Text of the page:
This world-famous iconic landmark is of special importance to the Gundungurra and Dharug peoples. They would prefer that climbing did not take place on a formation that has great spiritual meaning as part of their Seven Sisters Dreaming.
SRC met with NPWS staff, and Gundungurra and Dharug representatives, to discuss the various parties' viewpoints. NPWS is yet to announce its decision regarding the future of the landmark.
b) The Blue Mountains Public Lands Rationalisation Project "Public Exhibition Report" was released for comment on 23 December 2002 and submissions closed on 28 February 2003. SRC lodged a submission detailing a preferred outcome with regard to management of the Western Escarpment Lands as defined in the Report (a parcel of land holdings that include many of the most popular climbing areas outside of the National Park). Forty-nine submissions were lodged and were meant to be summarised prior to the results being made public. There has been no word on this project for some time and it may have stalled.
NPWS published a Draft Plan of Management for this area and local climbers were concerned they might lose access to a number of popular climbing areas. SRC gave advice to the local climbers regarding negotiating with the Service and subsequently lodged a submission in response to the DPoM when it was published.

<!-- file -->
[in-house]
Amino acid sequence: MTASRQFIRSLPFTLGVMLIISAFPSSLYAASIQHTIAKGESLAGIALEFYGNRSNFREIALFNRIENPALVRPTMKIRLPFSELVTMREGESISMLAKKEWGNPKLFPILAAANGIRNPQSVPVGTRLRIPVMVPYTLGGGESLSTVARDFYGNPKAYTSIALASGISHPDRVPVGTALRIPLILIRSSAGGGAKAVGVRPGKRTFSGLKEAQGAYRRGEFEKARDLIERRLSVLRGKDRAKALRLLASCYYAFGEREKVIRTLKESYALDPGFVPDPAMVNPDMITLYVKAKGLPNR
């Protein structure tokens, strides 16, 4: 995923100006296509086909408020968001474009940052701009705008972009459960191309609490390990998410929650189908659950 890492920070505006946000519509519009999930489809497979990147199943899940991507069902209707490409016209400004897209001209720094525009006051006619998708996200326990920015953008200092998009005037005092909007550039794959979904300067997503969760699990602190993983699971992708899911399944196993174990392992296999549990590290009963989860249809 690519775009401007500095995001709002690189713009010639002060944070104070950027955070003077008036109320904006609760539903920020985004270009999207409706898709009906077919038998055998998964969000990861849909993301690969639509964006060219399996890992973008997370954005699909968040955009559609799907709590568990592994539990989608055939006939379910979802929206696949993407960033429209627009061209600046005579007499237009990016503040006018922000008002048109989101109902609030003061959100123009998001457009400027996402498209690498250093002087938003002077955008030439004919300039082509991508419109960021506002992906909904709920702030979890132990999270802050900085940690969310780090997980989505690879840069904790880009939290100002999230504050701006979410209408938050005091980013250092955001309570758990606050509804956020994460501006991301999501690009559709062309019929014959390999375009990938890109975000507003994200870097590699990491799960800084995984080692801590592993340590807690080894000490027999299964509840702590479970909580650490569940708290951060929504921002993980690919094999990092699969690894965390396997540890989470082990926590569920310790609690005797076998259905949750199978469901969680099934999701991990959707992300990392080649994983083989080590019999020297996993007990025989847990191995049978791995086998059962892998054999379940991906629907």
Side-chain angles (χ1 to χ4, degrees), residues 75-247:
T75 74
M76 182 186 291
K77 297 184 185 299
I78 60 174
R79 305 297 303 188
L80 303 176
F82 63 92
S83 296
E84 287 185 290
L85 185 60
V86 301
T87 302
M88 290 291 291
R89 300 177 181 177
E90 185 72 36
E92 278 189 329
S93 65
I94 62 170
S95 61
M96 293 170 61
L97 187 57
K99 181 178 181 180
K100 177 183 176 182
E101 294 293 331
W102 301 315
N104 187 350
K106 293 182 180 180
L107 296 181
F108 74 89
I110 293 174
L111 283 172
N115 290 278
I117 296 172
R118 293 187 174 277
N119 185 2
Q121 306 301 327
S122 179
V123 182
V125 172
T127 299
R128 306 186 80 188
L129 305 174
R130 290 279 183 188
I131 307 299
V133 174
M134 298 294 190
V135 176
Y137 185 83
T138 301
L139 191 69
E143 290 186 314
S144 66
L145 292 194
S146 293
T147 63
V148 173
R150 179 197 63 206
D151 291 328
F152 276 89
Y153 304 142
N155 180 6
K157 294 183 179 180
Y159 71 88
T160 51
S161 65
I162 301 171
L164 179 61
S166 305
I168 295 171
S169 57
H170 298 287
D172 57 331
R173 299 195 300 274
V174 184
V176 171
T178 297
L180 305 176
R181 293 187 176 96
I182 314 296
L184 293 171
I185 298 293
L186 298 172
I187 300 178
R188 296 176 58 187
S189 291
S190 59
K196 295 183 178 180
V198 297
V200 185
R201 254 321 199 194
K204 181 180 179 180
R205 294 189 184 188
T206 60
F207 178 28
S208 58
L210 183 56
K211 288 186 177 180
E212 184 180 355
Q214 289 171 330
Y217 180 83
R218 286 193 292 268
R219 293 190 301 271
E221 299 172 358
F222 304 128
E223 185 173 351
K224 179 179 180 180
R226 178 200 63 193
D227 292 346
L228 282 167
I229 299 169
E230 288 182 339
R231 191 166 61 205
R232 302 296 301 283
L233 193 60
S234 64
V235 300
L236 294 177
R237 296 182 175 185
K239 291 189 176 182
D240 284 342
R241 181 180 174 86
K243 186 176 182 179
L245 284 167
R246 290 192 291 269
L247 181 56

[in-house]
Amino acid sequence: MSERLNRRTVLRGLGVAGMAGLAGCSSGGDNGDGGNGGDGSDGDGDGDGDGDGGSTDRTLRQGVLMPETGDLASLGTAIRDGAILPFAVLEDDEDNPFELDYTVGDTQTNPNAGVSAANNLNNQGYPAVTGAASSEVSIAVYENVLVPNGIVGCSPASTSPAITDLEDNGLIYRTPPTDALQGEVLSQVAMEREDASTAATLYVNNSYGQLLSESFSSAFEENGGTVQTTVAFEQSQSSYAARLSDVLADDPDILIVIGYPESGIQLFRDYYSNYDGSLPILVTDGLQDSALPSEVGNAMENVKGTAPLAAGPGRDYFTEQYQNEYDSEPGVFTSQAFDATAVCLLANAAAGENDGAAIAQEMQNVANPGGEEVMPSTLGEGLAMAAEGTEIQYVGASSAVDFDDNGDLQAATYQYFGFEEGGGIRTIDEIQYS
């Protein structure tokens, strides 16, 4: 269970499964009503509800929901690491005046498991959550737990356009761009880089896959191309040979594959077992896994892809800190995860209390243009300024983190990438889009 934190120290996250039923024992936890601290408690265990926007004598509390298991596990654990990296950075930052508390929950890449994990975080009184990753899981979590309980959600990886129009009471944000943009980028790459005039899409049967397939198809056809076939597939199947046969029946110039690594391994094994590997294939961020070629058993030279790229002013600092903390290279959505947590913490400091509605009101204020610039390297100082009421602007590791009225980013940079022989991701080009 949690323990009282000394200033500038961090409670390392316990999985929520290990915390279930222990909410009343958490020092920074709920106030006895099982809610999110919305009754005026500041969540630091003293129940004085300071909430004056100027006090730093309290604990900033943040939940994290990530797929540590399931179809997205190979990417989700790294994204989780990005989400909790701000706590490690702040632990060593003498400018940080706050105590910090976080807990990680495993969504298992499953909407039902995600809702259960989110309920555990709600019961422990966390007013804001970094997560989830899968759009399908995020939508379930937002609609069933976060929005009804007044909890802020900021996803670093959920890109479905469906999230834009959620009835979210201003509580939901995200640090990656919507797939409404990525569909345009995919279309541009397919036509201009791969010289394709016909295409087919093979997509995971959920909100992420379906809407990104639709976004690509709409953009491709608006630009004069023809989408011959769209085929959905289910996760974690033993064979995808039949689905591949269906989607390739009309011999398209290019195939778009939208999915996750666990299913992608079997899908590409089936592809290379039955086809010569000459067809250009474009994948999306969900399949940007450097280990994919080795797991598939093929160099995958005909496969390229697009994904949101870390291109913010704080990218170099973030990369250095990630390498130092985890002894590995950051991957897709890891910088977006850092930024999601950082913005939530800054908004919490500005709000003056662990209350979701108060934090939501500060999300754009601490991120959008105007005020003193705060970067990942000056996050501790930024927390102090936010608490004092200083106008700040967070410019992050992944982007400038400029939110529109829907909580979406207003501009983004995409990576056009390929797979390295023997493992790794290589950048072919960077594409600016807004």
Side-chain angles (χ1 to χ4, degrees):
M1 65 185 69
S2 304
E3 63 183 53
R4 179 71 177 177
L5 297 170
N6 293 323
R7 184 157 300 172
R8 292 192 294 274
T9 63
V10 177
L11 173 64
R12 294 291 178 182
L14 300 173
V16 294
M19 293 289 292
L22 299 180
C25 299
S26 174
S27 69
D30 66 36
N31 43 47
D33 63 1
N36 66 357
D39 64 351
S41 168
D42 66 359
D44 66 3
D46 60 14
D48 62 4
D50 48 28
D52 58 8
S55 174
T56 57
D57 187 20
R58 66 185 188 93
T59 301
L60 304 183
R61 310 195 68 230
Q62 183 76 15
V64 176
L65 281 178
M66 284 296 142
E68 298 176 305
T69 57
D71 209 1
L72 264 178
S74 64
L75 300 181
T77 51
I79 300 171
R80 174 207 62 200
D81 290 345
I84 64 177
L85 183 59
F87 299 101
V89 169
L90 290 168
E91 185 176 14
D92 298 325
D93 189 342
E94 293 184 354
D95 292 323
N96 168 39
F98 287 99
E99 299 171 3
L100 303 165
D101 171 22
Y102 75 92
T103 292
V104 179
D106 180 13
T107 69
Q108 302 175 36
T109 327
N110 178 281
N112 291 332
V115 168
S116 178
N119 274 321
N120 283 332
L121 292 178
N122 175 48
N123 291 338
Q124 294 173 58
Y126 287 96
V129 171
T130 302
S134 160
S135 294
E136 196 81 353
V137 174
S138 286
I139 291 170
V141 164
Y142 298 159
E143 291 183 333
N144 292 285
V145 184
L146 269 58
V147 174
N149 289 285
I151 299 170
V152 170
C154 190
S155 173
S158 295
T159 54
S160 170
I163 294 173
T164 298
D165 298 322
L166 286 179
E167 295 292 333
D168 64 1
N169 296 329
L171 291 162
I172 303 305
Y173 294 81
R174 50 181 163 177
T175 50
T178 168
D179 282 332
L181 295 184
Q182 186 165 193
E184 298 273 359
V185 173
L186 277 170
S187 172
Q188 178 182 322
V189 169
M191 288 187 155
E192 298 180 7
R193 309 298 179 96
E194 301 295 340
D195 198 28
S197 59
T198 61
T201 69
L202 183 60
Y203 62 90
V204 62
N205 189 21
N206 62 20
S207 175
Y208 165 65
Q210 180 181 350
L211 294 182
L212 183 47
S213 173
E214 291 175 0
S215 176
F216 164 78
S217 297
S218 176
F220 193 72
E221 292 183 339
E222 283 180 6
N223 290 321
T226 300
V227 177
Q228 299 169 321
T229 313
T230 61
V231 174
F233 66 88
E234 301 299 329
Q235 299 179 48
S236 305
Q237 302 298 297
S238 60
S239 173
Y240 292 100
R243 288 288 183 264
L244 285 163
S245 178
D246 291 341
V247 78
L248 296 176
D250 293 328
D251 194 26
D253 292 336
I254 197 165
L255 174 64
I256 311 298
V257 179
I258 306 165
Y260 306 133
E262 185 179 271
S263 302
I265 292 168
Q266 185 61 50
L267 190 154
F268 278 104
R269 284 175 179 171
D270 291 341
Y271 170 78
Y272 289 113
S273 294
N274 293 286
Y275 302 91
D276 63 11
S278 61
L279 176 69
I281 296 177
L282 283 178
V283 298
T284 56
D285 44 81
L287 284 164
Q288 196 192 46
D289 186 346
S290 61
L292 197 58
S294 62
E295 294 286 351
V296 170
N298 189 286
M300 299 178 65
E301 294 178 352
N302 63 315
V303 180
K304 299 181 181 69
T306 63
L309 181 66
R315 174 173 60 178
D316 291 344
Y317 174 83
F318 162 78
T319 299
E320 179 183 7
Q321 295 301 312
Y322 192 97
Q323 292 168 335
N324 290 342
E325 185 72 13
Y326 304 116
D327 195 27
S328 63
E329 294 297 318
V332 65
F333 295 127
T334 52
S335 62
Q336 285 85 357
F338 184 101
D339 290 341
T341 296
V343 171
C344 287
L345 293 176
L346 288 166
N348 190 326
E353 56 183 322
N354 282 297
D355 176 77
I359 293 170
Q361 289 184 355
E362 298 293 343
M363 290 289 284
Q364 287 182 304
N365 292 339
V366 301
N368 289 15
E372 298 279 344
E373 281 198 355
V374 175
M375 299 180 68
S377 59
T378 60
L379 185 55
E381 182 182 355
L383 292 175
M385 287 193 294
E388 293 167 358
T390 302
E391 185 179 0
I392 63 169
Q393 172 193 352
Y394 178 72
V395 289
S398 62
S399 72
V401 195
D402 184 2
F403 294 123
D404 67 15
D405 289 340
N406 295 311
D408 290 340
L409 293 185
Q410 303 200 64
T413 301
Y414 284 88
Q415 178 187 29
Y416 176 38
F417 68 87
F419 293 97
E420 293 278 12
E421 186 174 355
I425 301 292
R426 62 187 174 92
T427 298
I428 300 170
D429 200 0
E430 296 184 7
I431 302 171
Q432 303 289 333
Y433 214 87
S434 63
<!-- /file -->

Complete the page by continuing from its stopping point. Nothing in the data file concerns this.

This Park is popular with Coffs Harbour locals for bushwalking, and particularly canyoning. The DPoM for the park recommended that canyoning be prohibited.
SRC lodged a submission suggesting that reasons given for the proposed prohibition were not valid and did not stand up to informed assessment.
This climbing area at Port Stephens is understandably popular with Newcastle-based climbers. The NPWS DPoM proposed to ban climbing on Tomaree Headland, home to the famous Zawn, but permit the activity to continue elsewhere within the Park. The DPoM attracted 205 submissions, with those lodged by SRC and local climbers arguing that the basis for the proposed ban was seriously flawed and no real reasons existed why the impacts of climbing could not be adequately managed and that therefore the activity should be allowed to continue.
When the final PoM was published it formalised the ban and reiterated the previously given justifications despite climbers arguments contesting the claims.
NPWS released an Issues Paper preliminary to preparing a Draft Plan of Management for the Illawarra Escarpment Conservation Area. SRC lodged a submission commenting on the Issues Paper and supporting continued access for climbers.
The Department of Defence implemented new access arrangements for the Beecroft Peninsula Weapons Range. SRC met with the Department's contracted Environmental Consultant and the Club lodged a submission commenting on the new access arrangements.
Environment ACT has published a DPoM for Namadgi National Park. Earlier, in June 2003, SRC attended a Community Consultation Workshop in Canberra that sought public input to preparation of a DPoM and subsequently lodged a submission commenting on the DPoM.
To give some idea of the extent of access problems that have faced NSW climbers in the past decade (and this may point towards the future) - in those last 10 years, SRC has represented climbers' interests through its submissions and involvement in more than 20 separate areas.